11. Ryanb

    Ryanb Final Approach PoA Supporter

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    Heh! That is weird! I also had a little time in a Decathlon (from an intro flight) before I began flight training, but it was only .5 on the Hobbs.
     
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  12. TVProducer

    TVProducer Pre-Flight

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    I agree on focusing on training and not micro managing but my reason was to get a gauge of what everyone has experienced. I plan on doing 1 session a week
     
  13. Dana

    Dana Line Up and Wait

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    I soloed at 8 hours in a C-150, but 16 year olds learn fast and I had lots of R/C model experience.
     
  14. CC268

    CC268 Final Approach

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    Twins
     
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  15. tawood

    tawood Pattern Altitude

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    But even if EVERYONE experienced solo at 15 hours...what would you do if it took 30? Point is (as you yourself said) everyone is different. I soloed at 5.5 hours...so what...
     
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  16. Salty

    Salty En-Route

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    I did once a week, switched instructors and airplanes and solod at 17.2, but the number really is meaningless.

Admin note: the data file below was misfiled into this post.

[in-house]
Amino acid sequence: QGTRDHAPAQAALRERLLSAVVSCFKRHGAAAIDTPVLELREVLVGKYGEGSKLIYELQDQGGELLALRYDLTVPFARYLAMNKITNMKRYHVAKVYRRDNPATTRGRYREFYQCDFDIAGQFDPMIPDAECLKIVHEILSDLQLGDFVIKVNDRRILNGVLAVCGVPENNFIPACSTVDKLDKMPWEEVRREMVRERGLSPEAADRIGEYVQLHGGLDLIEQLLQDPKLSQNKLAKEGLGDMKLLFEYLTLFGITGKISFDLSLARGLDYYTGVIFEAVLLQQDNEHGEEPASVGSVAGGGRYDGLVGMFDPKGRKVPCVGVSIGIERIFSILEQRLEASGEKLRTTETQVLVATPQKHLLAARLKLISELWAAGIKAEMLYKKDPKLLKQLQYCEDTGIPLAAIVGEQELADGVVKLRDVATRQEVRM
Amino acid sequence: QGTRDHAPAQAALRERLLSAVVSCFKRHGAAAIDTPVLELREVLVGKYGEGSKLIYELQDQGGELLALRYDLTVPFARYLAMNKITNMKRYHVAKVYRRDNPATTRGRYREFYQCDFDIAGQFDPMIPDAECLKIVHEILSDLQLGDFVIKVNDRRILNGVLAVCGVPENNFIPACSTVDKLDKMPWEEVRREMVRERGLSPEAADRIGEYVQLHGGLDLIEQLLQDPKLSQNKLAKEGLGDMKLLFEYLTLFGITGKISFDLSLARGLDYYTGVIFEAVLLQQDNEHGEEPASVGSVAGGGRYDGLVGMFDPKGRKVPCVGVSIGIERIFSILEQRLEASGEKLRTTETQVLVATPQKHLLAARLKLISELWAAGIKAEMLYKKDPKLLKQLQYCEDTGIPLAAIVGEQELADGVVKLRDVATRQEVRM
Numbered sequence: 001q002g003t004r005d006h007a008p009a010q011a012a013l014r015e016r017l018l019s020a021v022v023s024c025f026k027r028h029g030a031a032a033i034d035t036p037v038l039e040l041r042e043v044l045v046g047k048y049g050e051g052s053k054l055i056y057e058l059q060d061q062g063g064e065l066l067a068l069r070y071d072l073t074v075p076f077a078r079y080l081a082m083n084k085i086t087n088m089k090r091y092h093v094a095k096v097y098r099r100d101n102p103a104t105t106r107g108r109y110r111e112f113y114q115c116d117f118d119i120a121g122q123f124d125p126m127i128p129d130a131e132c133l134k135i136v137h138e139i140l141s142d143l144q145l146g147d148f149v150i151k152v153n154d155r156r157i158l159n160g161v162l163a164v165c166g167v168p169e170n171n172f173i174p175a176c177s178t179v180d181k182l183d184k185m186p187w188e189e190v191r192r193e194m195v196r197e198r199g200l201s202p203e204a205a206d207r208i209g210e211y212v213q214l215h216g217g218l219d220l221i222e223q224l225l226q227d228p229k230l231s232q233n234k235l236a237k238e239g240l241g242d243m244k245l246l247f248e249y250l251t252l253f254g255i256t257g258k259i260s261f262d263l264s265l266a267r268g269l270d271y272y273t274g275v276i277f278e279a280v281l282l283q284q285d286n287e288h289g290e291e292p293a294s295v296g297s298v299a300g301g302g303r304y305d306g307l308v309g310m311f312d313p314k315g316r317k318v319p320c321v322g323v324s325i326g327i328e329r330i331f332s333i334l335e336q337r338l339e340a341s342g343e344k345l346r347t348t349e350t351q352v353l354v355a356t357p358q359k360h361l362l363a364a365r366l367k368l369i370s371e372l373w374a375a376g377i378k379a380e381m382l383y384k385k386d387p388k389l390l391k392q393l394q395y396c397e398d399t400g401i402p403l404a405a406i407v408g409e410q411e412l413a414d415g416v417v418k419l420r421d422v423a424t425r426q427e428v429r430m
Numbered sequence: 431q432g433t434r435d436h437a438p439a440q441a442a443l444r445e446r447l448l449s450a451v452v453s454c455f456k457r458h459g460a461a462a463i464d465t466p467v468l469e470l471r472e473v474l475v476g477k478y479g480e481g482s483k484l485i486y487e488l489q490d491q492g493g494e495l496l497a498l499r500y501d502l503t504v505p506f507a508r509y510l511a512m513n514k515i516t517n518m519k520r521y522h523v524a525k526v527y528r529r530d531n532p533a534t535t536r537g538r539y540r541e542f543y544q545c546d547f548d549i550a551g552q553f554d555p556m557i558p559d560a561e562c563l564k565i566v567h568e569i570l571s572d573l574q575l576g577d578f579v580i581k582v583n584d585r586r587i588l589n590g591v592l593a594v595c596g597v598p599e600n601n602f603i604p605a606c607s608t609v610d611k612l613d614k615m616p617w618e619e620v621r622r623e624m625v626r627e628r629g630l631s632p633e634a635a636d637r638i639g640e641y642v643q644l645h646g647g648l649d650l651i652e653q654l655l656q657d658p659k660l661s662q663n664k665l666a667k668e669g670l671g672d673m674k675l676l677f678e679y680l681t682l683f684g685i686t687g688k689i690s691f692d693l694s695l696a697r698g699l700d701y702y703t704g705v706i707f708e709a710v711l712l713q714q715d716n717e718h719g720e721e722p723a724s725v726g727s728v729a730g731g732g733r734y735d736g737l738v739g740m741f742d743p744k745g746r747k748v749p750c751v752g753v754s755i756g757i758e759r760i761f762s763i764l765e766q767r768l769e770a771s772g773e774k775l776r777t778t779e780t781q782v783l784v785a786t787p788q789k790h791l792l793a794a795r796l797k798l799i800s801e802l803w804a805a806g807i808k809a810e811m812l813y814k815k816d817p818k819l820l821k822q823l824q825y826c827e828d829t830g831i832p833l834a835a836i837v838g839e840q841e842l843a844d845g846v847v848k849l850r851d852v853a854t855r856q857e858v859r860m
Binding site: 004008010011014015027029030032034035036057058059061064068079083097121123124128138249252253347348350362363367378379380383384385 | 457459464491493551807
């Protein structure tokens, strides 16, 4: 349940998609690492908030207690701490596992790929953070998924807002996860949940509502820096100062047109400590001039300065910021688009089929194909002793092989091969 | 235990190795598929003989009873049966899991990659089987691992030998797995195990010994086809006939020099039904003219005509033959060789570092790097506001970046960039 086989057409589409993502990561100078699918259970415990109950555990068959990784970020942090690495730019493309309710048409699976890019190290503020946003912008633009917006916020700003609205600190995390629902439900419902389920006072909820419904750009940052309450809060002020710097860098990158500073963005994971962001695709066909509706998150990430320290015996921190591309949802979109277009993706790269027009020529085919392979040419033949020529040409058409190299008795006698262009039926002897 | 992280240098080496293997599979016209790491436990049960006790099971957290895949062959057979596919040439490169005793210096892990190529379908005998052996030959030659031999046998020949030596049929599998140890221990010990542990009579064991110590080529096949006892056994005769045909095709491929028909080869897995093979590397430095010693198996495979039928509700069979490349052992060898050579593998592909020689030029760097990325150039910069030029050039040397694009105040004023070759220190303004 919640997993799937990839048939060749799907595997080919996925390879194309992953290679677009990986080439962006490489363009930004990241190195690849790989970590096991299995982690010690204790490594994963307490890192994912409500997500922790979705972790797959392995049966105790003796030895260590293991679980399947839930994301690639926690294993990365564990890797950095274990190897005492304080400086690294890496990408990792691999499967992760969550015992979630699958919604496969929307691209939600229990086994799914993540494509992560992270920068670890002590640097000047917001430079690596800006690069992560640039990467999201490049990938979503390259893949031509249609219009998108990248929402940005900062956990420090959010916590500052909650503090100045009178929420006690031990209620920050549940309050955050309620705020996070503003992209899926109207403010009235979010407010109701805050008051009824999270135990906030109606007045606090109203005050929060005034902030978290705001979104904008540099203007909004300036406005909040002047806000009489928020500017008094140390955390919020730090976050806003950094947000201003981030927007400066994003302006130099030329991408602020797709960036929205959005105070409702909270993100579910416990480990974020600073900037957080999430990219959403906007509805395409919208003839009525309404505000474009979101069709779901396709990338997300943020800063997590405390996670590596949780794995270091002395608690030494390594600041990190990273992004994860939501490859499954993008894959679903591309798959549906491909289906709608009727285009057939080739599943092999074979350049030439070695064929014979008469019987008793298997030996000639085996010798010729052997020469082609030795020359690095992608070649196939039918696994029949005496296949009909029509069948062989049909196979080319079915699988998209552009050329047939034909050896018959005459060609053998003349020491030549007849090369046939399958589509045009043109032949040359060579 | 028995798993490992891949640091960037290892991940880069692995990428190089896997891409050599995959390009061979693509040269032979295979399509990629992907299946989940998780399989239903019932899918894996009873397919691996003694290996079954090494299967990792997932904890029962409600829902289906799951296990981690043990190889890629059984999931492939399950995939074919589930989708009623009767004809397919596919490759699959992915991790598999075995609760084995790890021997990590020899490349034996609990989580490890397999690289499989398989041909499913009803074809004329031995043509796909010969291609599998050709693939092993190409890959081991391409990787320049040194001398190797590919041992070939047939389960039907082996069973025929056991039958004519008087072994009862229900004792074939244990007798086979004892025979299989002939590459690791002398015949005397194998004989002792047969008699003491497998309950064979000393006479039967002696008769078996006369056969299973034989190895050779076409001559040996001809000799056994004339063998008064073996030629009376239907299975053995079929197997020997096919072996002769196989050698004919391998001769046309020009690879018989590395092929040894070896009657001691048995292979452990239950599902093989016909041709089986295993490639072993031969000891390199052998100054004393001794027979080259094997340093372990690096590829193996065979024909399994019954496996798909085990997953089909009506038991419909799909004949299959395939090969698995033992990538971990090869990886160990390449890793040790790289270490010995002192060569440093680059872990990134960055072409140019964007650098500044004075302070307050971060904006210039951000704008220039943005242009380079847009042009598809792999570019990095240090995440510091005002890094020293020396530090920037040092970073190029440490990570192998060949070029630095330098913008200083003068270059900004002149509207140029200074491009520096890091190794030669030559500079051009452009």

17. AggieMike88

    AggieMike88 Touchdown! Greaser!

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    Now offering reverse discounts.
    (Mike grabs a rolled up newspaper and swats @TVProducer on the nose) Bad Student Pilot, Bad!!!

    I get that you're curious, but focusing on a "how many hours and money to solo" like this can be a counter productive.

    The focus needs to be on skill acquisition and polishing those skills. Not worrying how many hours it is taking to reach a big milestone or how many dollars it is taking.

    Keys to a strong and somewhat rapid progression are
    1. Working with a good CFI that knows how to teach
    2. That CFI works from a written syllabus and a set of well thought out written lesson plans
    3. The CFI uses those lesson plans to provide
      • a good pre-flight review of what was done previously and how it will apply to today's flight
      • discussion of any homework assigned from last lesson
      • a briefing of what you will do for this lesson
      • discussing the objectives for today's lesson
      • and after the flight is done, a good debrief of what was done during the flight, how it fits to the overall plan, and assignment of homework
    4. You arriving well prepared for the lesson with any reading assignments and homework finished.
    5. Flying at least twice a week

    If this happens, you will be ready for solo in a very timely fashion.
     
    Last edited: Dec 5, 2018 at 11:27 AM
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  18. TVProducer

    TVProducer Pre-Flight

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    That’s a fair response and I was expecting that kind of response. My CFI seems really competent but does not use written lesson plans. I think the most I’ll be able to fly is once a week twice if I get a day off.
     
  19. Salty

    Salty En-Route